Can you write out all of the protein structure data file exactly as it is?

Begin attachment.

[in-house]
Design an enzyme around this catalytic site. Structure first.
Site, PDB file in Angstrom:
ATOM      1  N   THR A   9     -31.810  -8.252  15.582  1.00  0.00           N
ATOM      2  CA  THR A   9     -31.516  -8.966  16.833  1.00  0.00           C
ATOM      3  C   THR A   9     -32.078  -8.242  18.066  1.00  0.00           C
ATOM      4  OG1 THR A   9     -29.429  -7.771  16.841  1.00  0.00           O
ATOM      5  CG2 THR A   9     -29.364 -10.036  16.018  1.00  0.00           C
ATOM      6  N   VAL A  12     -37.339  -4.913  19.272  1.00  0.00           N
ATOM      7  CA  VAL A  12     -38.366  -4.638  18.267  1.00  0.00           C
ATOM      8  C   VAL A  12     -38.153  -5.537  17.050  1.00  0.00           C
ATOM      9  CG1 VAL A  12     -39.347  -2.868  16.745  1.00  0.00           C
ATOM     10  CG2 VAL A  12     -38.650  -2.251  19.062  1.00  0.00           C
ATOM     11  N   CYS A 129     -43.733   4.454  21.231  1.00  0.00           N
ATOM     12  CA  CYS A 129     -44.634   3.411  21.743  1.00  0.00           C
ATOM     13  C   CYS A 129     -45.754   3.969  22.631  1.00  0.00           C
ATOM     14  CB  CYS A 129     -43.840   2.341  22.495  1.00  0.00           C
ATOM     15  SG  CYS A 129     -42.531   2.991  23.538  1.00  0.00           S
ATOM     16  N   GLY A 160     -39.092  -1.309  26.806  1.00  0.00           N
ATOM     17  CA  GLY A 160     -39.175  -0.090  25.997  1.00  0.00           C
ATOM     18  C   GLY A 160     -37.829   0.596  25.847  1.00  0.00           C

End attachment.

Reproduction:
[in-house]
Design an enzyme around this catalytic site. Structure first.
Site, PDB file in Angstrom:
ATOM      1  N   THR A   9     -31.810  -8.252  15.582  1.00  0.00           N
ATOM      2  CA  THR A   9     -31.516  -8.966  16.833  1.00  0.00           C
ATOM      3  C   THR A   9     -32.078  -8.242  18.066  1.00  0.00           C
ATOM      4  OG1 THR A   9     -29.429  -7.771  16.841  1.00  0.00           O
ATOM      5  CG2 THR A   9     -29.364 -10.036  16.018  1.00  0.00           C
ATOM      6  N   VAL A  12     -37.339  -4.913  19.272  1.00  0.00           N
ATOM      7  CA  VAL A  12     -38.366  -4.638  18.267  1.00  0.00           C
ATOM      8  C   VAL A  12     -38.153  -5.537  17.050  1.00  0.00           C
ATOM      9  CG1 VAL A  12     -39.347  -2.868  16.745  1.00  0.00           C
ATOM     10  CG2 VAL A  12     -38.650  -2.251  19.062  1.00  0.00           C
ATOM     11  N   CYS A 129     -43.733   4.454  21.231  1.00  0.00           N
ATOM     12  CA  CYS A 129     -44.634   3.411  21.743  1.00  0.00           C
ATOM     13  C   CYS A 129     -45.754   3.969  22.631  1.00  0.00           C
ATOM     14  CB  CYS A 129     -43.840   2.341  22.495  1.00  0.00           C
ATOM     15  SG  CYS A 129     -42.531   2.991  23.538  1.00  0.00           S
ATOM     16  N   GLY A 160     -39.092  -1.309  26.806  1.00  0.00           N
ATOM     17  CA  GLY A 160     -39.175  -0.090  25.997  1.00  0.00           C
ATOM     18  C   GLY A 160     -37.829   0.596  25.847  1.00  0.00           C